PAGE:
Derived from the Germanic element id meaning "work, labour". The Normans brought this name to England, though it eventually died out there in the Middle Ages. It was strongly revived in the 19th century, in part due to the heroine in Alfred Lord Tennyson's poem The Princess (1847), which was later adapted into the play Princess Ida (1884) by Gilbert and Sullivan.... [more]
IDALIA f Ancient Germanic (Latinized), Greek Mythology, Polish (Rare)
Possibly from a Germanic name derived from the element idal, an extended form of id meaning "work, labour". Unrelated, this was also an epithet of the Greek goddess Aphrodite, given because the city of Idalion on Cyprus was a center of her cult.... [more]
ÍDE f Irish
Possibly derived from Old Irish ítu meaning "thirst". This was the name of a 6th-century Irish saint.
IDELLA f English
Elaboration of IDA.
IDELLE f English (Rare)
Elaboration of IDA.
IDIDA f Biblical Latin
Form of JEDIDAH used in the Latin Old Testament.
IDOIA f Basque
From the name of a sanctuary in Isaba, Navarre, possibly meaning "pond" in Basque, an important place of worship of the Virgin Mary.
IDONEA f English (Archaic)
Medieval English name, probably a Latinized form of IÐUNN. The spelling may have been influenced by Latin idonea "suitable". It was common in England from the 12th century.
IDONY f English (Archaic)
Medieval English vernacular form of IDONEA.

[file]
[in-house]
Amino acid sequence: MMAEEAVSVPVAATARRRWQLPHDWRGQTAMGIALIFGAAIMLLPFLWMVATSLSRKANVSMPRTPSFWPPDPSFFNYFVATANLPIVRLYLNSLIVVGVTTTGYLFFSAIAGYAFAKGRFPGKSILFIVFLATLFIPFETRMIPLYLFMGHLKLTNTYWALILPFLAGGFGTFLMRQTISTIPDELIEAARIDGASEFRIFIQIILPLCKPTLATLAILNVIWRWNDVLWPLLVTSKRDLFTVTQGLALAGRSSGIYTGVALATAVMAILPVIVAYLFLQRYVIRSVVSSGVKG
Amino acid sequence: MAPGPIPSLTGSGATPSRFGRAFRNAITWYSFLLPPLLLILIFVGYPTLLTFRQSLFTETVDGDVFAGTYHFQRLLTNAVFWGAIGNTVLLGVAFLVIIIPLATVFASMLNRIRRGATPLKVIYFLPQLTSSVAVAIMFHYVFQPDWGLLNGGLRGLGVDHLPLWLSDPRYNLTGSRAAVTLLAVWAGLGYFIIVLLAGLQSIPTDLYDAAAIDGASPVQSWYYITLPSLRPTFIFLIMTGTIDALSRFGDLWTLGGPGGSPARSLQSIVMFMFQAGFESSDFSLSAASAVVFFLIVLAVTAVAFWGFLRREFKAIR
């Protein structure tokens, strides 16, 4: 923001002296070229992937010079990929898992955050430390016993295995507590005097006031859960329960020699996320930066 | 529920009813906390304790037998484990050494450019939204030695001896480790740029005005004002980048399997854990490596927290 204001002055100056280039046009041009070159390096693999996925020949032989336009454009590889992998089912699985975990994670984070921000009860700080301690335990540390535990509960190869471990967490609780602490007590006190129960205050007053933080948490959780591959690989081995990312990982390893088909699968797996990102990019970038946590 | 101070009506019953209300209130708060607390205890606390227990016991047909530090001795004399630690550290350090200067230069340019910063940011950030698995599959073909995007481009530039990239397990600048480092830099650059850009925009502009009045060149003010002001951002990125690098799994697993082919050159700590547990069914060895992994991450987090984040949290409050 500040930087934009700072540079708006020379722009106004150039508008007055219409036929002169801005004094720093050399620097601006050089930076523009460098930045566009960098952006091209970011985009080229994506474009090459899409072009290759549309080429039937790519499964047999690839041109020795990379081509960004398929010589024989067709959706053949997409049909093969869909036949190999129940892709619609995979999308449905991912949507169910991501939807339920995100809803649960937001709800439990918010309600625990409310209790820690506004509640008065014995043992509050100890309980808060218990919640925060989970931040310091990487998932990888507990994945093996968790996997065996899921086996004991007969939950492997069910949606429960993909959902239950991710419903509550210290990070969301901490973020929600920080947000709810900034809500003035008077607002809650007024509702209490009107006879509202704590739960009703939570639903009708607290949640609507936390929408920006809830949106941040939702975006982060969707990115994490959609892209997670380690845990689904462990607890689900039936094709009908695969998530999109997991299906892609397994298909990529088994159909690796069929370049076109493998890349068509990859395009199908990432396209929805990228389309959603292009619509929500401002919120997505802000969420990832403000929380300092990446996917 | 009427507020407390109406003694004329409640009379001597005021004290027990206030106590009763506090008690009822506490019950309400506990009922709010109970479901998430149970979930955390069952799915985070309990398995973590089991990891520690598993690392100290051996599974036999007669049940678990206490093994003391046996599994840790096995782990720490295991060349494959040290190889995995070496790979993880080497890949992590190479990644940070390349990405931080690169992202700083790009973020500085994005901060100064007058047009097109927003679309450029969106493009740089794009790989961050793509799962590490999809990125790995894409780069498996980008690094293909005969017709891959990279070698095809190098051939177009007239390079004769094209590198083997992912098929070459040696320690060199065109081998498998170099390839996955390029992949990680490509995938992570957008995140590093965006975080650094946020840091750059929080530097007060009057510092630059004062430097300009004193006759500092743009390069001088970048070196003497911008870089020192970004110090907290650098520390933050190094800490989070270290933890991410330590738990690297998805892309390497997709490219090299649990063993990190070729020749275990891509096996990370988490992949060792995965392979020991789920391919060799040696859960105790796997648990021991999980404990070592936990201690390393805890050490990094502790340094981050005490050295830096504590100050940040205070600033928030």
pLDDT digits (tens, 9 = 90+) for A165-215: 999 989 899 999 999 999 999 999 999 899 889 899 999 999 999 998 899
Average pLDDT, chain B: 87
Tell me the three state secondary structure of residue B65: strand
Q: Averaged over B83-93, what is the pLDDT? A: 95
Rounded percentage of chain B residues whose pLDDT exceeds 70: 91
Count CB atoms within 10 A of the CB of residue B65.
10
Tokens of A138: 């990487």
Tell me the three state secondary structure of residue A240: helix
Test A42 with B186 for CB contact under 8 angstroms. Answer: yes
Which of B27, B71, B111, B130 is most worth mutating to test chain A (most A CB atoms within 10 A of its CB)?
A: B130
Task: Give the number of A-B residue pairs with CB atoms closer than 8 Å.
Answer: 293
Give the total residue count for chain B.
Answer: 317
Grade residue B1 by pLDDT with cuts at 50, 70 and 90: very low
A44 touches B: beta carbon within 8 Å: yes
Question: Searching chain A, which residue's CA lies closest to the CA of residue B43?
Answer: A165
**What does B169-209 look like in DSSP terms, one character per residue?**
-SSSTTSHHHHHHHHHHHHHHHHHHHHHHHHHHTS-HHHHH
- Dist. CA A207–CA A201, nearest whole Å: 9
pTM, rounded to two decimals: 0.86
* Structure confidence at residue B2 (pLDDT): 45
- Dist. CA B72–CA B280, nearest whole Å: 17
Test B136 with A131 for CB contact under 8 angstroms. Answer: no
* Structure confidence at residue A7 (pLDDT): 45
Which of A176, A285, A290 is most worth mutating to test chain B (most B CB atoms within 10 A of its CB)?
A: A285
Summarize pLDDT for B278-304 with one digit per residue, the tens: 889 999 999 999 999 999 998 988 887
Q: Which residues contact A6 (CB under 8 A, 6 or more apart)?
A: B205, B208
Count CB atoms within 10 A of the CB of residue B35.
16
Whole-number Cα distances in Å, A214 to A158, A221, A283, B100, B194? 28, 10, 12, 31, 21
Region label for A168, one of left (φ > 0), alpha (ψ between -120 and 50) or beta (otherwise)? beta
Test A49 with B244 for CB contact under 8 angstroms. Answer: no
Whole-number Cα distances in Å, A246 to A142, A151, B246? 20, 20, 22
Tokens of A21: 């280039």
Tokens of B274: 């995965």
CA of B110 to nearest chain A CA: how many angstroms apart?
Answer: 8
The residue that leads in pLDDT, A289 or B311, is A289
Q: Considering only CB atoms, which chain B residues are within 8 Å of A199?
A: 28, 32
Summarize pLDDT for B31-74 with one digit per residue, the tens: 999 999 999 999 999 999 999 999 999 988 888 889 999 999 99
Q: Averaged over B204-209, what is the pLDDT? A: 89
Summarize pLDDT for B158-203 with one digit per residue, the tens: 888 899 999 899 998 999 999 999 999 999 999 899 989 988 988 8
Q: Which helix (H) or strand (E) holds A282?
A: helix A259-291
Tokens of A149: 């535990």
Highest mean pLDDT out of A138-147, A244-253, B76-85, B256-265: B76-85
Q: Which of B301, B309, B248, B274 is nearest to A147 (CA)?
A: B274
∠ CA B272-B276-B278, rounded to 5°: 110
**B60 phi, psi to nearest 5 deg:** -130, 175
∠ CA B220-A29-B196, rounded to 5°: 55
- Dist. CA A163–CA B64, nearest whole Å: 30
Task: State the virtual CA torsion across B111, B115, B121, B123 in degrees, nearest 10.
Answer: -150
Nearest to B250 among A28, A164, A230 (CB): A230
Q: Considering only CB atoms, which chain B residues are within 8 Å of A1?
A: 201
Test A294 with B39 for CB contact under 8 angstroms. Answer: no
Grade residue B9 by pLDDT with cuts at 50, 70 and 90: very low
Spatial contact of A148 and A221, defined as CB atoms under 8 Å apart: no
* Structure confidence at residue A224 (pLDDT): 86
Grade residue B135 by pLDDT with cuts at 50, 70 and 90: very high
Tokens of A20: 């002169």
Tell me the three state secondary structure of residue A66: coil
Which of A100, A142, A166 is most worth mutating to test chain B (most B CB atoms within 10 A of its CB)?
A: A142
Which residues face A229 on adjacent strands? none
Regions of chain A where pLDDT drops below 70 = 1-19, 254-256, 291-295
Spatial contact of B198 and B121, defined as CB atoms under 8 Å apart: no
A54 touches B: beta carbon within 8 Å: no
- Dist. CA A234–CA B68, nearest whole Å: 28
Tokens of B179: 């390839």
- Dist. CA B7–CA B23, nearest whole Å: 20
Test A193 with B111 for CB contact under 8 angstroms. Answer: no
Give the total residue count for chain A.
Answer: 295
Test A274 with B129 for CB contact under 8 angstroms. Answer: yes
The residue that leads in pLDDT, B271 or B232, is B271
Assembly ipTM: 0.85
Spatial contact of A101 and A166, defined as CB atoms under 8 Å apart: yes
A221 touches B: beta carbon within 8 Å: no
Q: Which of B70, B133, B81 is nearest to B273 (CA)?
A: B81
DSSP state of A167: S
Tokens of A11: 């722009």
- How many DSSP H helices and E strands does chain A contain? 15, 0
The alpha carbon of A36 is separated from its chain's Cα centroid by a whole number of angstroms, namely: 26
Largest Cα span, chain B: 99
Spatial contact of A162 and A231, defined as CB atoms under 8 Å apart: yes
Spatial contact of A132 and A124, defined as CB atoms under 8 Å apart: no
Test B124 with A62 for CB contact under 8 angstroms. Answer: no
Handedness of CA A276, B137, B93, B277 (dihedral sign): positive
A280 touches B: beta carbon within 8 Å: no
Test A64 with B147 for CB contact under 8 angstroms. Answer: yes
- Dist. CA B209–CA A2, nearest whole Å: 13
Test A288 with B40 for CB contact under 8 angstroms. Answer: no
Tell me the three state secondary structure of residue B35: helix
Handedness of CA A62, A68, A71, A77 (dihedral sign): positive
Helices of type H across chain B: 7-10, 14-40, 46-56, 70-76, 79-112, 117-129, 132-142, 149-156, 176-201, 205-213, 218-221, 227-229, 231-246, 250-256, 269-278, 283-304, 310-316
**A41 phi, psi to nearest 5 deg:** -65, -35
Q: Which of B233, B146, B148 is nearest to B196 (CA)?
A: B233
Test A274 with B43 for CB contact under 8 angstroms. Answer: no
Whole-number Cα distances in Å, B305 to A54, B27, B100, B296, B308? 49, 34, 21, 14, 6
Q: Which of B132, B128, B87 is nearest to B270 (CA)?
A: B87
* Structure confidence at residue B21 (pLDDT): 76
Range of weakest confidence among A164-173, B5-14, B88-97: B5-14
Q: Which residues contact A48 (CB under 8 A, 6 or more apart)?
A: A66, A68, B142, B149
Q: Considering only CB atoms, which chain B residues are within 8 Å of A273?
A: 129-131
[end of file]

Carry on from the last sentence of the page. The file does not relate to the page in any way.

IDOWU m & f Western African, Yoruba
Means "born after twins" in Yoruba.
IDOYA f Basque
Variant of IDOIA.
IDRIL f Literature
Means "sparkle brilliance" in Sindarin. In the Silmarillion (1977) by J. R. R. Tolkien, Idril was the daughter of Turgon, the king of Gondolin. She escaped the destruction of that place with her husband Tuor and sailed with him into the west.
IDUN f Norse Mythology, Swedish, Norwegian
Modern Scandinavian form of IÐUNN.
IDUNN f Norse Mythology, Norwegian
Norwegian variant form of IÐUNN.
IEDIDA f Biblical Greek
Form of JEDIDAH used in the Greek Old Testament.
IEKIKA f Hawaiian
Hawaiian form of JESSICA.
IESHA f African American (Modern)
Variant of AISHA. It was popularized by the song Iesha (1991) by Another Bad Creation.
IEVA f Lithuanian, Latvian
Lithuanian and Latvian form of EVE. This is also the Lithuanian and Latvian word for a type of cherry tree (species Prunus padus).
IFE f Western African, Yoruba
Means "love" in Yoruba.
IFIOK m & f Western African, Ibibio
Means "wisdom" in Ibibio.
IGA f Polish
Diminutive of JADWIGA or IGNACJA.
IGE f Western African, Yoruba
Means "born feet first" in Yoruba.
IGNACIA f Spanish
Spanish feminine form of IGNATIUS.
IGNACJA f Polish (Rare)
Polish feminine form of IGNATIUS.
IGNATIA f Late Roman
Feminine form of IGNATIUS.
IGONE f Basque
Feminine form of IGON. It is a Basque equivalent of Ascensión.
IGRAINE f Arthurian Romance
Meaning unknown, from Igerna, the Latinized form of Welsh Eigyr. In Arthurian legend she is the mother of King Arthur by Uther Pendragon and the mother of Morgan le Fay by Gorlois. The Welsh form Eigyr or Eigr was rendered into Latin as Igerna by the 12th-century chronicler Geoffrey of Monmouth.
IHAB m & f Arabic
Means "gift" in Arabic.
IHINTZA f Basque
From Basque ihintz meaning "dew". It is a Basque equivalent of Rocío.
IHSAN m & f Arabic
Means "charity" in Arabic.